I like the north arrow idea. The biggest argument I think I ever had with another geologist was over which direction we were hiking in a thick fog. I was right! But I think we disagreed for 5 minutes before we thought to look at a compass. Lots of North induced arogance.
That said I got completely turned around in a suburb north of Seattle on a cloudy day two weeks ago. I didn't have a map or compass and was nearly driven insane by not knowing north for even a few minutes.
My experience in the tropics was getting confused during the mid day period when the sun was overhead.

Silver Fox said...

Dan, interesting about north and the tropics - I've never been there, haven't had to experience that. One problem I had in a fog and using a compass, was that we needed to get back to the truck, we knew the general direction, and stumbling around in that general direction didn't help, or at least not very quickly!

CJR said...

Fascinating to hear about your early years. Re: the north arrow, I certainly found myself continually mixing up north and south when I was living in Johannesburg. Then, just when I might have been getting the hang of it, I moved back to the northern hemisphere.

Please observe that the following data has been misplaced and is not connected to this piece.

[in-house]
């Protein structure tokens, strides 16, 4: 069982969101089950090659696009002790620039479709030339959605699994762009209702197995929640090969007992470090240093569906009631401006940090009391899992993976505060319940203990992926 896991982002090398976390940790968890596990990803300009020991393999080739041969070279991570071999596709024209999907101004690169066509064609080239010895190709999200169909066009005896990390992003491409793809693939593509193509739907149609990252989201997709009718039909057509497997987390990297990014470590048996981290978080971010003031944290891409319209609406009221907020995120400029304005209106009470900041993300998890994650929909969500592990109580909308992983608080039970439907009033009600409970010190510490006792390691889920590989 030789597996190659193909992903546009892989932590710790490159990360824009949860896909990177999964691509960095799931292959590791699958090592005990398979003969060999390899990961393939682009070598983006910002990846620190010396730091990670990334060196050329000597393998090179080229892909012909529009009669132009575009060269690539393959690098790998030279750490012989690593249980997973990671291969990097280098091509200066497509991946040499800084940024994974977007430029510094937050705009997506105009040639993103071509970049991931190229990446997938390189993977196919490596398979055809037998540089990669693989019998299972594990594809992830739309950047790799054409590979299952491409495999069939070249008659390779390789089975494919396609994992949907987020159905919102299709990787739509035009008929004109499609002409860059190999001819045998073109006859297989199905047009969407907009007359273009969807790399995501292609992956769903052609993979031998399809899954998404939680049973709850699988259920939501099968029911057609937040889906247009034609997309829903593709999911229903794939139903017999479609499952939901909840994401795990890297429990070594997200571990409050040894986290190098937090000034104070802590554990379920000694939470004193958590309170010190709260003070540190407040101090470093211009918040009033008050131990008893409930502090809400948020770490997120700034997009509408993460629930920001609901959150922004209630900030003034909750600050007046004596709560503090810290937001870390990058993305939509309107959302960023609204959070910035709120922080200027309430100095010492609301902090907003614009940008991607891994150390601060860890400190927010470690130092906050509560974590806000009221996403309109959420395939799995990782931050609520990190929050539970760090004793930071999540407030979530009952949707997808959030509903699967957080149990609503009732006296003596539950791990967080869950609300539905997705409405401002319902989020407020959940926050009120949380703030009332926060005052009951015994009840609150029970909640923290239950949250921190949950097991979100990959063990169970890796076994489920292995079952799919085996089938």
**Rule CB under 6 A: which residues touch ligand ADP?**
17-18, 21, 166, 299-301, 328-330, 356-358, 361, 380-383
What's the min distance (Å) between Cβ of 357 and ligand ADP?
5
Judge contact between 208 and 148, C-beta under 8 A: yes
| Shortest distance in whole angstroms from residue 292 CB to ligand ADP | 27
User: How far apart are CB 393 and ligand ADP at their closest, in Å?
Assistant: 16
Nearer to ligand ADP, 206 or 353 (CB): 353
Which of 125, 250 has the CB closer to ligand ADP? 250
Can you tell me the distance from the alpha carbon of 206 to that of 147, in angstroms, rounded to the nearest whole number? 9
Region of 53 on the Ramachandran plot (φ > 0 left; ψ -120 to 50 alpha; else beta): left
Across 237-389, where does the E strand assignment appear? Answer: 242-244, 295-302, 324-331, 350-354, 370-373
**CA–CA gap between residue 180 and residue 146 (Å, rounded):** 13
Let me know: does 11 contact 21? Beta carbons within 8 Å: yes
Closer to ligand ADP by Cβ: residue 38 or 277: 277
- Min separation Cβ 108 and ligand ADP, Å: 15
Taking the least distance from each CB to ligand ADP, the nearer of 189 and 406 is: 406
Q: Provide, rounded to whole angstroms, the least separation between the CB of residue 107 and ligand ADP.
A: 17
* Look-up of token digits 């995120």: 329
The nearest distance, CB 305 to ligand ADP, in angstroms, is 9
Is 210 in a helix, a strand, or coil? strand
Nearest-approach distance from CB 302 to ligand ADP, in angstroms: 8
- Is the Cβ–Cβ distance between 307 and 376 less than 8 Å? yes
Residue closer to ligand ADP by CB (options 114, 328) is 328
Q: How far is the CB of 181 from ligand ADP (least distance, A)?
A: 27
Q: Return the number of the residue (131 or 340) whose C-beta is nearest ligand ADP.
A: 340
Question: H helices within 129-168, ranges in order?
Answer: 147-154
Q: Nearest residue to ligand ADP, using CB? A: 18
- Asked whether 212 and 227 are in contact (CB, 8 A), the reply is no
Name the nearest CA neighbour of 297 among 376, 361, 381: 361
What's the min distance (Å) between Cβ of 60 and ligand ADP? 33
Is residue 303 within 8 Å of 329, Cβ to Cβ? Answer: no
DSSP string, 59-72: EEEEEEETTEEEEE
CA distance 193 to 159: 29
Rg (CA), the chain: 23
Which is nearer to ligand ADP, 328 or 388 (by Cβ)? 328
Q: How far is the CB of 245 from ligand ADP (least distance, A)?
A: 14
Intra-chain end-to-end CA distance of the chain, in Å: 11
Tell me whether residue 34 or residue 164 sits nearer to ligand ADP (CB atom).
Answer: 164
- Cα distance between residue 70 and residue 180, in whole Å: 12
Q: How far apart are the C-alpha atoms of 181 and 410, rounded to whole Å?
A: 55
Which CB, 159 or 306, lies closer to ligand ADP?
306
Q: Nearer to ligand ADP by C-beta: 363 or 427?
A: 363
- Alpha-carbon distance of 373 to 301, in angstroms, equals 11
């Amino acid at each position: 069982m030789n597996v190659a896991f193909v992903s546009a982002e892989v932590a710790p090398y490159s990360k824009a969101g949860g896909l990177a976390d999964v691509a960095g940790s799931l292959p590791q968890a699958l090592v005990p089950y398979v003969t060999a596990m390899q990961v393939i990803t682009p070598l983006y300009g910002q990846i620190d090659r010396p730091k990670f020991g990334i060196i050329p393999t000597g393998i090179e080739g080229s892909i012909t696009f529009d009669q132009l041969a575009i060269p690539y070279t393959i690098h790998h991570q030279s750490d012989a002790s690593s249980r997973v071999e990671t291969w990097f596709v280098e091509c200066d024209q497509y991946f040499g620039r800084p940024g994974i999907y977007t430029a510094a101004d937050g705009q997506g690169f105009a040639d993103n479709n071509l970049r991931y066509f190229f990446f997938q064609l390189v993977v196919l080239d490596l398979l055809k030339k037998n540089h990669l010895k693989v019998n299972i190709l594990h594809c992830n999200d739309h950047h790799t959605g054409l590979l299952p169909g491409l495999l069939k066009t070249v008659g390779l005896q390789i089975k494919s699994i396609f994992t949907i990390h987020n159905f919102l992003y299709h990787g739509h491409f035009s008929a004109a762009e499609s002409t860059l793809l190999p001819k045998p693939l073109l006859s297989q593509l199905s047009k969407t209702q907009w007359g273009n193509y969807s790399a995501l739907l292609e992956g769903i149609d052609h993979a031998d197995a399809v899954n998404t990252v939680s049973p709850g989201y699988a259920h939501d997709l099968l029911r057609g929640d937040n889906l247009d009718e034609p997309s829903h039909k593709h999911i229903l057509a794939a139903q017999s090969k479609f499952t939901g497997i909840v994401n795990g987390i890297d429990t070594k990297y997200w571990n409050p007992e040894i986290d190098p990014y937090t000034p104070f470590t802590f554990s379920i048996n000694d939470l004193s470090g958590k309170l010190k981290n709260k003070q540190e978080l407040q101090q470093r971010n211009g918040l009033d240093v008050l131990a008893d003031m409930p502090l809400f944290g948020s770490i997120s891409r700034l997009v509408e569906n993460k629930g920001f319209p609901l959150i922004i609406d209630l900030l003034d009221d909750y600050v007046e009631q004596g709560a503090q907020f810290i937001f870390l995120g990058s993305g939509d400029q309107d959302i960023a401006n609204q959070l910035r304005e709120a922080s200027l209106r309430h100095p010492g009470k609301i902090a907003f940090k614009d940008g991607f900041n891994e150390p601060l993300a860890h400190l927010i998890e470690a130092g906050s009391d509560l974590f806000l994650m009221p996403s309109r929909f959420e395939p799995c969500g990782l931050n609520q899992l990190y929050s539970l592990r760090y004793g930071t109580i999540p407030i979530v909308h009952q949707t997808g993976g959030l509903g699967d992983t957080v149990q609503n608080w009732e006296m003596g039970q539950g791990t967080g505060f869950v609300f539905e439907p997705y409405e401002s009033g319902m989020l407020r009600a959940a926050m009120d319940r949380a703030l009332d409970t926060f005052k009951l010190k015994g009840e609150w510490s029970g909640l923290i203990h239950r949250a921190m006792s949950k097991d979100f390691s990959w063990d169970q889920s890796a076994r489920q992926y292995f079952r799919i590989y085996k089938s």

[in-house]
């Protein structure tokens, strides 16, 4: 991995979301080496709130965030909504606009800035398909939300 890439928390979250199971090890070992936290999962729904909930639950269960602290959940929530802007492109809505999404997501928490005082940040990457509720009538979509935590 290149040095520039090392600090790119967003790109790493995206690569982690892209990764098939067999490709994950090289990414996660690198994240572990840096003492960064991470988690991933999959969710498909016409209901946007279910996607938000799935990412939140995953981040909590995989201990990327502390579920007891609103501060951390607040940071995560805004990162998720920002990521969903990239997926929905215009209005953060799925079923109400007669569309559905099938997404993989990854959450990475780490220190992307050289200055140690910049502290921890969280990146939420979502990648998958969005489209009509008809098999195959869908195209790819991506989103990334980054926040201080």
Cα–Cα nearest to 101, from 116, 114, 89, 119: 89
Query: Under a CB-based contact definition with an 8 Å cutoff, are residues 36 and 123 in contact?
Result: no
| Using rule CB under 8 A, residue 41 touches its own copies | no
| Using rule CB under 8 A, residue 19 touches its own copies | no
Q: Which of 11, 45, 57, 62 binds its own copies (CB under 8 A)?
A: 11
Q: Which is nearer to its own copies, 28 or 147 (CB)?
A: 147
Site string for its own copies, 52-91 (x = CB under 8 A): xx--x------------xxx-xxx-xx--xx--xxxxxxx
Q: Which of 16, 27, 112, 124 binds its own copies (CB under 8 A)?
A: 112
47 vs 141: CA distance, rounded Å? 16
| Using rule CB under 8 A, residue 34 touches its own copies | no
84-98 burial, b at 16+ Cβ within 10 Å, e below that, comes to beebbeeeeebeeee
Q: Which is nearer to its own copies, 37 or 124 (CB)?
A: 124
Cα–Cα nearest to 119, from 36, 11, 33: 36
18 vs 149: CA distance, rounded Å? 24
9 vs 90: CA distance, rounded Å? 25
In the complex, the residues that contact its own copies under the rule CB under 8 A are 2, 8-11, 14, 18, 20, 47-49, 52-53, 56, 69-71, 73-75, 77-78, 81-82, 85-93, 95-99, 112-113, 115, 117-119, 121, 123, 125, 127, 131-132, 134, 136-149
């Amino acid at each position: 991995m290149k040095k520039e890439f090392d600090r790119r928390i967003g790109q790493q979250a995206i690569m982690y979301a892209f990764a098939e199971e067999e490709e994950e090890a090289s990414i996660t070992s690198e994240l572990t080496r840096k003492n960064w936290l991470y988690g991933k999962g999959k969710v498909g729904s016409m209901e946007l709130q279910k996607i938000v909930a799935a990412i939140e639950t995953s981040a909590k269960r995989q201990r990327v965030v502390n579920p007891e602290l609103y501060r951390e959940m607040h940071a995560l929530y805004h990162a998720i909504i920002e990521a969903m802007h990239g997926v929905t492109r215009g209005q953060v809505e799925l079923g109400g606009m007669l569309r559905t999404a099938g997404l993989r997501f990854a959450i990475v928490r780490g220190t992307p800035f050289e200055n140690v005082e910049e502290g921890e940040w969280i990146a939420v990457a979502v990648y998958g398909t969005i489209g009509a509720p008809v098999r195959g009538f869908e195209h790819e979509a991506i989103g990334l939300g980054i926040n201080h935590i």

Interestingly, magnetite is biochemically precipitated in some human tissues, although I'm not sure there's ever been a definitive study showing that it serves any navigational purpose. But then you read things like this...

Cath@VWXYNot? said...

Cool story. I am so fascinated by your "North Arrow" (I remember you mentioning once that you always know which way is north in your dreams). I do OK in Vancouver (the mountains are north), but not so much in other places!

Silver Fox said...

Chris, as far as cows go, I've always assumed they were facing away from the wind - I'll have to pay closer attention to the cows around here!

Cath, it does help to know the directional location of some major landmark. For me, it helps to look at a map when first arriving at some new city.

PEG said...

I too have the north arrow. My dad confused it when he introduced the concept of left and right when I was three and I still have left/right issues from time to time. But north is never up for debate.

Silver Fox said...

PEG, I get the left/right thing more increasingly as time goes on, but am not able to trace it to any particular event, only the passage of time.